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The Bill Price Interview

PART 2 Guns N' Roses, The Sex Pistols, Elton John and more...We continue our two-part interview with engineer/producer Bill Price. See October Mix for

PART 2Guns N’ Roses, The Sex Pistols, Elton John and more…

We continue our two-part interview with engineer/producer Bill Price. See October Mix for Part One.

As your career as an independent progressed, you often found yourself being called in to mix material that had been recorded by others. The one that sticks in my mind, rightly or wrongly, is a single by Sparks called “This Town Ain’t Big Enough for Both of Us.”

Yeah. I worked with [producer] Muff Winwood on Sparks a hell of a lot in AIR. We did quite a few songs. “This Town…,” I remember, was one that happened to have been started somewhere else and never finished. I wasn’t aware of it being a remix situation as such. We did quite a lot of recording on it, as well. They were great, Sparks. When I met them, I’d never seen anything like them before, or since. They were a real treat. I loved doing them.

What’s your attitude to mixing tracks by others? You never set yourself up in the way that Bob Clearmountain has, who seems to do nothing but mixing – or maybe you have?

There is an attraction in mixing and not recording. Over the years, I think the time it takes to record a band has increased almost directly in proportion to the number of available tracks. I can tell you that one day after my 50th birthday, I realized an album I was working on was taking six months, and that represented one percent of my whole life, during which I had to give that band 100 percent of my attention. Not just during the day, but at 4 o’clock on the Sunday morning when somebody rang me up, or whatever. That’s when I started saying, “Well, I don’t think I can do the recording, but I’d love to mix it.” I have done more mixing than recording of late, but I don’t think anybody can really specialize in mixing without being totally grounded in recording. Even now, when I do record, I’m still learning stuff. If nothing else, the new technology that’s in use. So, I wouldn’t recommend anybody trying to specialize in one or the other, really.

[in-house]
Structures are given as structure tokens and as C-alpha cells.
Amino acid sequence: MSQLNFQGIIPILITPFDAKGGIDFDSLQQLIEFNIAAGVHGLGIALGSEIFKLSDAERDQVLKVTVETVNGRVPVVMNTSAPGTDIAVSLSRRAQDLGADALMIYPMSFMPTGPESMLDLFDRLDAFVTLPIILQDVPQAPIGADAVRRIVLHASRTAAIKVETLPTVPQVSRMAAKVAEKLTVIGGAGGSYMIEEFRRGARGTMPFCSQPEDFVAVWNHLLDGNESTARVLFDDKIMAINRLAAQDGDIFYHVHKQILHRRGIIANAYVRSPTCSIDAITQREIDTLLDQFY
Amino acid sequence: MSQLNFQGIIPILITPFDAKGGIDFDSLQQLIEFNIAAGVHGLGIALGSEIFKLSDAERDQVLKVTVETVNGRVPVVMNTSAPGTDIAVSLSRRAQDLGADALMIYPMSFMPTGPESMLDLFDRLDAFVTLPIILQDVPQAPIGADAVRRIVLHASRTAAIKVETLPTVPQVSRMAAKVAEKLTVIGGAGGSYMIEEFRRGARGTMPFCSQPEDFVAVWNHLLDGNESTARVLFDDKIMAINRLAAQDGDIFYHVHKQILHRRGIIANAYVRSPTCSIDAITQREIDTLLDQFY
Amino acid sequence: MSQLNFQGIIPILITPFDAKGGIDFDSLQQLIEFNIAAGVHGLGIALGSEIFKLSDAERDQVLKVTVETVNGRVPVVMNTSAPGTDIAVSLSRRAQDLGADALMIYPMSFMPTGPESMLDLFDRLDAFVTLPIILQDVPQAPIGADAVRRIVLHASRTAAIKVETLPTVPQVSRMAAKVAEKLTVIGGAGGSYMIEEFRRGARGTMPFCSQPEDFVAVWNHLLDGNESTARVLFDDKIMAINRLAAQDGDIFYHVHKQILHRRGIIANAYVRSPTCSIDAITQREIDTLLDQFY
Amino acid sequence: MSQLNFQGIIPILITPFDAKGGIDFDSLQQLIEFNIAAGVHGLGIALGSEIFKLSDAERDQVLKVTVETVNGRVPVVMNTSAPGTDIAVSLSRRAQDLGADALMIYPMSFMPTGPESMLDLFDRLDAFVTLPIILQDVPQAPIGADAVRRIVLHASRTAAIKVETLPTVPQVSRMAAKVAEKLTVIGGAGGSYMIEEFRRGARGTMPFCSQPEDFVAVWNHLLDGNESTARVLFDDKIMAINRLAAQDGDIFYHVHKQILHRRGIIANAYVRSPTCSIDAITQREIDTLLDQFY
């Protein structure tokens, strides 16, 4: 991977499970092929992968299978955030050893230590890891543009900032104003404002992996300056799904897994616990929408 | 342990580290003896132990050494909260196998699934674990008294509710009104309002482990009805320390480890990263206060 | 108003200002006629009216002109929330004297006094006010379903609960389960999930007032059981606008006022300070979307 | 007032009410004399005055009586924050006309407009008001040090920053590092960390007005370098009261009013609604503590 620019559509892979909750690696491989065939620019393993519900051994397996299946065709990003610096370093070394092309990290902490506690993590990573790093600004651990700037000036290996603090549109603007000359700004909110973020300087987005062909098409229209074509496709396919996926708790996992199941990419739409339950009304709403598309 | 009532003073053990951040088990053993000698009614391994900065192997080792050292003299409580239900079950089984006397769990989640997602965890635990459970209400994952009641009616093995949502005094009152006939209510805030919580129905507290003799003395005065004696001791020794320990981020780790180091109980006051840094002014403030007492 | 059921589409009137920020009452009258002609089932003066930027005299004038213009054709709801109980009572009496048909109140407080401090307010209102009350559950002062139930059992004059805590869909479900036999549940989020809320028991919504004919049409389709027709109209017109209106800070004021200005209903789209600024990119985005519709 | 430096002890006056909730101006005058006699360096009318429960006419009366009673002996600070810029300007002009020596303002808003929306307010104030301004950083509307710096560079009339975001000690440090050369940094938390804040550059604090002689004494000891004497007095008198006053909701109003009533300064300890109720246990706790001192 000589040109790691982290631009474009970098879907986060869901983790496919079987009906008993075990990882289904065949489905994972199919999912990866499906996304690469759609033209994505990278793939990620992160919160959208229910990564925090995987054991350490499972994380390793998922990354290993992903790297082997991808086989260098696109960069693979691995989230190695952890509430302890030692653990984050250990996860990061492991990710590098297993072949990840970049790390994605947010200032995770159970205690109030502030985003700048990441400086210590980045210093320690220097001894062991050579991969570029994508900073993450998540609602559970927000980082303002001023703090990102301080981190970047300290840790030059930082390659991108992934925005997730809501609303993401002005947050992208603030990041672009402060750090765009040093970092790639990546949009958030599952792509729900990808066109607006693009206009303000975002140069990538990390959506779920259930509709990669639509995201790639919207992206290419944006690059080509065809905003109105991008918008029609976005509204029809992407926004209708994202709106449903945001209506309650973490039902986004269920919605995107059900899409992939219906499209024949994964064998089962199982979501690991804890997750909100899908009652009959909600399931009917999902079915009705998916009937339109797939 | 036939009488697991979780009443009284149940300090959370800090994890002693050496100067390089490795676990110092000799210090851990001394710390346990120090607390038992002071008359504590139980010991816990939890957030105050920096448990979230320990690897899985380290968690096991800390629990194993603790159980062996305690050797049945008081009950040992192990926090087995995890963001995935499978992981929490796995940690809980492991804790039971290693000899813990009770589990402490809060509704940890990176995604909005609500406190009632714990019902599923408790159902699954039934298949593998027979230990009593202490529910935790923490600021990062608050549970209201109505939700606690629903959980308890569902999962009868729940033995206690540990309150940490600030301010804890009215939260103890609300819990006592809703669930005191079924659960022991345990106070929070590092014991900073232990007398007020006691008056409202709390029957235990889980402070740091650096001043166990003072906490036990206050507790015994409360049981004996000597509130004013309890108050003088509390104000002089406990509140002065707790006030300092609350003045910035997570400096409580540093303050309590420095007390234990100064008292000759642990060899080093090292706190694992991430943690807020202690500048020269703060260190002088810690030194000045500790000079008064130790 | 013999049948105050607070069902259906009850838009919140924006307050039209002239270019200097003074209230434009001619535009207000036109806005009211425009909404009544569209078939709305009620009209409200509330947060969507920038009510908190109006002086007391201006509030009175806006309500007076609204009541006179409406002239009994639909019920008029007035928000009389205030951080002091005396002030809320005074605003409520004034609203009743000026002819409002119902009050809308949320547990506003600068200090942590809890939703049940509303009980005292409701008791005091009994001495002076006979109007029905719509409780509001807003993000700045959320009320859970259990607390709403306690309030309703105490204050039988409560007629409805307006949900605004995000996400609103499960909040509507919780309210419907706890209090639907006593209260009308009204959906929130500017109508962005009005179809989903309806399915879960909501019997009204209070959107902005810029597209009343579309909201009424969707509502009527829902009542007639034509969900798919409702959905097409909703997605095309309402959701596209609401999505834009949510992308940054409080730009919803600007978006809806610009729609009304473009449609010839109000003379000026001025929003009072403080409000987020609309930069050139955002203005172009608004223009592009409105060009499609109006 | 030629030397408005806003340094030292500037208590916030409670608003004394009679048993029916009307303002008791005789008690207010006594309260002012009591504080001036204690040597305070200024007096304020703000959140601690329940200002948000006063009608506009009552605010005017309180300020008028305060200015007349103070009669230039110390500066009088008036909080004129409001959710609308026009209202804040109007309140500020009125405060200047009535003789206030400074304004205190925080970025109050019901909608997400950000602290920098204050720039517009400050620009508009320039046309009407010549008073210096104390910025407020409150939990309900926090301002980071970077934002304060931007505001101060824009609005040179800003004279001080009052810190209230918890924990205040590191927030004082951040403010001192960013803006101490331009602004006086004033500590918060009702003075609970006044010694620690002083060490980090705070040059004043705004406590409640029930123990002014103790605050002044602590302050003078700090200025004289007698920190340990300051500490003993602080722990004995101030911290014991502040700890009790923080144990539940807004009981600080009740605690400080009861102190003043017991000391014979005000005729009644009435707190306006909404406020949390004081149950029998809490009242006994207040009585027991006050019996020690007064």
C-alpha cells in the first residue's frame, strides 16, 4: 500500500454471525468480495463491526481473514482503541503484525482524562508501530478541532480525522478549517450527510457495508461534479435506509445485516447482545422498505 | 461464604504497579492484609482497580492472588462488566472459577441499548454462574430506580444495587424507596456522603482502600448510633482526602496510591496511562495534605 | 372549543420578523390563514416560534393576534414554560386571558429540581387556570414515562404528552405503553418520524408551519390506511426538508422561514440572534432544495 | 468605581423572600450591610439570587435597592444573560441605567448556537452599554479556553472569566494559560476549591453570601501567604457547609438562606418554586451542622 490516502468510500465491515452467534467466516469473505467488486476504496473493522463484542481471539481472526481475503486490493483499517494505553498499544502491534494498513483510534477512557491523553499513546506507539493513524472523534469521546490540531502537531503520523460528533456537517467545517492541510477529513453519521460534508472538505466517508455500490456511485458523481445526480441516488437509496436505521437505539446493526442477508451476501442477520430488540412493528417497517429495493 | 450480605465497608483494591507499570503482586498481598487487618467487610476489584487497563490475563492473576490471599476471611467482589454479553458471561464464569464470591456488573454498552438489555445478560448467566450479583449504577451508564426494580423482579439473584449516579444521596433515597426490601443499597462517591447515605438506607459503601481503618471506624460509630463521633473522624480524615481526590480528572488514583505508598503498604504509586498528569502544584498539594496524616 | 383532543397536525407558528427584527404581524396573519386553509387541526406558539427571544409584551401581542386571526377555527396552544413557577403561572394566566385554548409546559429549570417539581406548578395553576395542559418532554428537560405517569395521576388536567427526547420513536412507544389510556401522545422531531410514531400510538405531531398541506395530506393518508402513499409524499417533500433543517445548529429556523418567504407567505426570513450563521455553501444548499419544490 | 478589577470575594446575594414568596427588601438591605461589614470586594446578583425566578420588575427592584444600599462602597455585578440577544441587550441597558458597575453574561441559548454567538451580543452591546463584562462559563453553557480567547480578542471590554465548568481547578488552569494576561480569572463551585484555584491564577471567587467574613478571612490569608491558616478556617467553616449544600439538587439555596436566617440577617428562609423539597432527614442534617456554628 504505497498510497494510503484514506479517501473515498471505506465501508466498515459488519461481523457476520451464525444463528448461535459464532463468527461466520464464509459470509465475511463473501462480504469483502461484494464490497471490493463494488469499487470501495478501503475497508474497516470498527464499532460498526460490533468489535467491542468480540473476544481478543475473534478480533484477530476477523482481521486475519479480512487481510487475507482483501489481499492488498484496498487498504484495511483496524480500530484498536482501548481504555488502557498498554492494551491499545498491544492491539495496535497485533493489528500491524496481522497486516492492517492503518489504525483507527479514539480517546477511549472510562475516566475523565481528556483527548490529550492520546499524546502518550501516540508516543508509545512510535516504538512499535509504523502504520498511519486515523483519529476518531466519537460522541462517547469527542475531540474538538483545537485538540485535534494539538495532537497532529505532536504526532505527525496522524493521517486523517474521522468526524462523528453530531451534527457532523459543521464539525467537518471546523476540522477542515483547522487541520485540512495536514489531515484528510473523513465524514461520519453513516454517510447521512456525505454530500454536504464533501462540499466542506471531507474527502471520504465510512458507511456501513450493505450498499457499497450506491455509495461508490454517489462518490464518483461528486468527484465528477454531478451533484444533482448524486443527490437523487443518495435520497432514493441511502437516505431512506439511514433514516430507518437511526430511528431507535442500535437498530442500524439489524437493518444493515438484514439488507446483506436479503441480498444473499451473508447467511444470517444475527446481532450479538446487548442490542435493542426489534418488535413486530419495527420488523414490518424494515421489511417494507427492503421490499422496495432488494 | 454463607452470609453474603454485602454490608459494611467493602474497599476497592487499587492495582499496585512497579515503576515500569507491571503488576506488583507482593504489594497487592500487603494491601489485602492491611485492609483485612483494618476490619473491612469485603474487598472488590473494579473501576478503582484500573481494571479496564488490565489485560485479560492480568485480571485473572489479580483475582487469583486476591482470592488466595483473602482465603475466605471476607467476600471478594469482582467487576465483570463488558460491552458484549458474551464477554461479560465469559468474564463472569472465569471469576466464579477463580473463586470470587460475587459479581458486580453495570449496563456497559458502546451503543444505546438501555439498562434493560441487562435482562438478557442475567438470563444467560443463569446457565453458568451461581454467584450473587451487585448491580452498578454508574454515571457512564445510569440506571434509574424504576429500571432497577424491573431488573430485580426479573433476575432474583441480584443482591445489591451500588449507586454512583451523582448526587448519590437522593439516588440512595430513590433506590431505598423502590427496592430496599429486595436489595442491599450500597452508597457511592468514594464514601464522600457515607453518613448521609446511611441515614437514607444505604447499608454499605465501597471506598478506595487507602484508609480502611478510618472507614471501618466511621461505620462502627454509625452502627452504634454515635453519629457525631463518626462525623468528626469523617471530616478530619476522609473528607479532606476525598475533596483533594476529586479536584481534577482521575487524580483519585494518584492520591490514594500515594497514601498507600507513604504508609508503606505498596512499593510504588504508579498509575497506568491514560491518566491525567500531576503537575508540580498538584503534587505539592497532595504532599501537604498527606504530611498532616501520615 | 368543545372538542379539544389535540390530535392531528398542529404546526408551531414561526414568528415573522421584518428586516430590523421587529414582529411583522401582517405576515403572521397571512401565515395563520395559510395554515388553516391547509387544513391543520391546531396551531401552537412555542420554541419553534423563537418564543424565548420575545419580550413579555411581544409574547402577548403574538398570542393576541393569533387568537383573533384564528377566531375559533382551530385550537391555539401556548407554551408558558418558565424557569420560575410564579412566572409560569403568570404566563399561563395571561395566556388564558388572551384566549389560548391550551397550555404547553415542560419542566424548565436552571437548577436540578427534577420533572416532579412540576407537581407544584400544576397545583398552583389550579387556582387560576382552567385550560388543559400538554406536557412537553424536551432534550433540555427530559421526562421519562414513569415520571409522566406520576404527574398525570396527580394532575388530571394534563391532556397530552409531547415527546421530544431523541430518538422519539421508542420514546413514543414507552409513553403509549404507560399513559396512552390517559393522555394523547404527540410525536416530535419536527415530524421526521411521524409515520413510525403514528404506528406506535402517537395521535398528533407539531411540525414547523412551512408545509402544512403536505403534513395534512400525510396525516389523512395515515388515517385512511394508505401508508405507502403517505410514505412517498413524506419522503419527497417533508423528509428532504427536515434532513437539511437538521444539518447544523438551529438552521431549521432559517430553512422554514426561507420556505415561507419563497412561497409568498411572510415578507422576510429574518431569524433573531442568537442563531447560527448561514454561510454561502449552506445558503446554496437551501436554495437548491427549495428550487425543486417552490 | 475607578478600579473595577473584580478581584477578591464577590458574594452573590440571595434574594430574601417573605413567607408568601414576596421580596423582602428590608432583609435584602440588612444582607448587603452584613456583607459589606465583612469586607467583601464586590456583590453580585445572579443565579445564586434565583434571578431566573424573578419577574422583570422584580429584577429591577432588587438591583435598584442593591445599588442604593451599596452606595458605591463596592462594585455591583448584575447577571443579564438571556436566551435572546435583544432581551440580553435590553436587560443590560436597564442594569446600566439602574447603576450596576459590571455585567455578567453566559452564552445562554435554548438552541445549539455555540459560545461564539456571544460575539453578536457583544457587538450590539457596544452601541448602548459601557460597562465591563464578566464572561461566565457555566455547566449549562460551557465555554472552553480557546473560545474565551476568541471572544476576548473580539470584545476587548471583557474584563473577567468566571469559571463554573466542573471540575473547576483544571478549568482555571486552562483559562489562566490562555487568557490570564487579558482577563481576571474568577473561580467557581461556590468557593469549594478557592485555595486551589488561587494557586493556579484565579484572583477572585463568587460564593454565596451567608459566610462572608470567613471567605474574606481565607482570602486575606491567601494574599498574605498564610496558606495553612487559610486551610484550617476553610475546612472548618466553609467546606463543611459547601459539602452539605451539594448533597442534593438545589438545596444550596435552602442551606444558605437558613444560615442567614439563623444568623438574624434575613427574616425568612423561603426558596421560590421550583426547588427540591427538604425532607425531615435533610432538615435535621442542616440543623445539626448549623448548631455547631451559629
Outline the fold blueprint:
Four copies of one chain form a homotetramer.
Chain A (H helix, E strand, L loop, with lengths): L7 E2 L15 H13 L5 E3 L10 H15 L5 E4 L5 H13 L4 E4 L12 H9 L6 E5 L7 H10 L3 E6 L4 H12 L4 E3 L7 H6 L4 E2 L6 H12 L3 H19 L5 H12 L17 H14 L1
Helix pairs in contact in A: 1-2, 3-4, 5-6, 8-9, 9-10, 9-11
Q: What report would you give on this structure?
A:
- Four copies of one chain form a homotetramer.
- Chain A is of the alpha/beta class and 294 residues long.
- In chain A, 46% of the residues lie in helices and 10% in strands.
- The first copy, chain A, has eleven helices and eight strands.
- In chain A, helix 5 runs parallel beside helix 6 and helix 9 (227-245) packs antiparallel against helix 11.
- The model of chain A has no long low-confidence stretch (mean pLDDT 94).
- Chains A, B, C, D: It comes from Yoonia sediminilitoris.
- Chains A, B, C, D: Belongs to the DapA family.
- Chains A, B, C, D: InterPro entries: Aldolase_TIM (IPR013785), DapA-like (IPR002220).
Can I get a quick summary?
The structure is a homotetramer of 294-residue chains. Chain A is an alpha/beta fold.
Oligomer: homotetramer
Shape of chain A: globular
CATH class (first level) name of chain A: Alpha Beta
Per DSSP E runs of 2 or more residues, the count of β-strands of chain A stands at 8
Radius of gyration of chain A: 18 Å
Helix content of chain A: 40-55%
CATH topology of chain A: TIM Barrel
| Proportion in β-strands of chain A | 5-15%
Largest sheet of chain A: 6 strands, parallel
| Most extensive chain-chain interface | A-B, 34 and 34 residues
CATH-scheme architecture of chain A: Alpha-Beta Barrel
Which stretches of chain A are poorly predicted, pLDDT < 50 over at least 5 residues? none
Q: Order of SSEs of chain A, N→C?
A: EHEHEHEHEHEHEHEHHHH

I’ve never really minded it when I’ve heard something I’ve done being remixed by somebody else. To be honest, it’s always sounded completely different from how I could ever have imagined it, because somebody else has done it. By definition, to me, that sounds fantastic.

THE GUNS N’ ROSES SAGAHow did you get involved with Guns N’ Roses?

Oh, God, this is a long one. Originally, I was headhunted by Tom Zutaut, Guns N’ Roses’ A&R man, to make Appetite for Destruction, their first record. Negotiations were well under way to record at Wessex, in London, and I was really looking forward to doing it. I’d heard demos that sounded great. Then, all of a sudden, Geffen got cold feet. Guns N’ Roses was growing a reputation for being quite wild in Los Angeles, and, probably quite rightly, Geffen didn’t want them out of their sight. David Geffen himself insisted that the record was made in Los Angeles. Geffen asked me to go to Los Angeles to make it, and I turned him down. I had a young family at the time and also responsibilities at Wessex, and c’est la vie, mate.

But they came back to you how many albums later?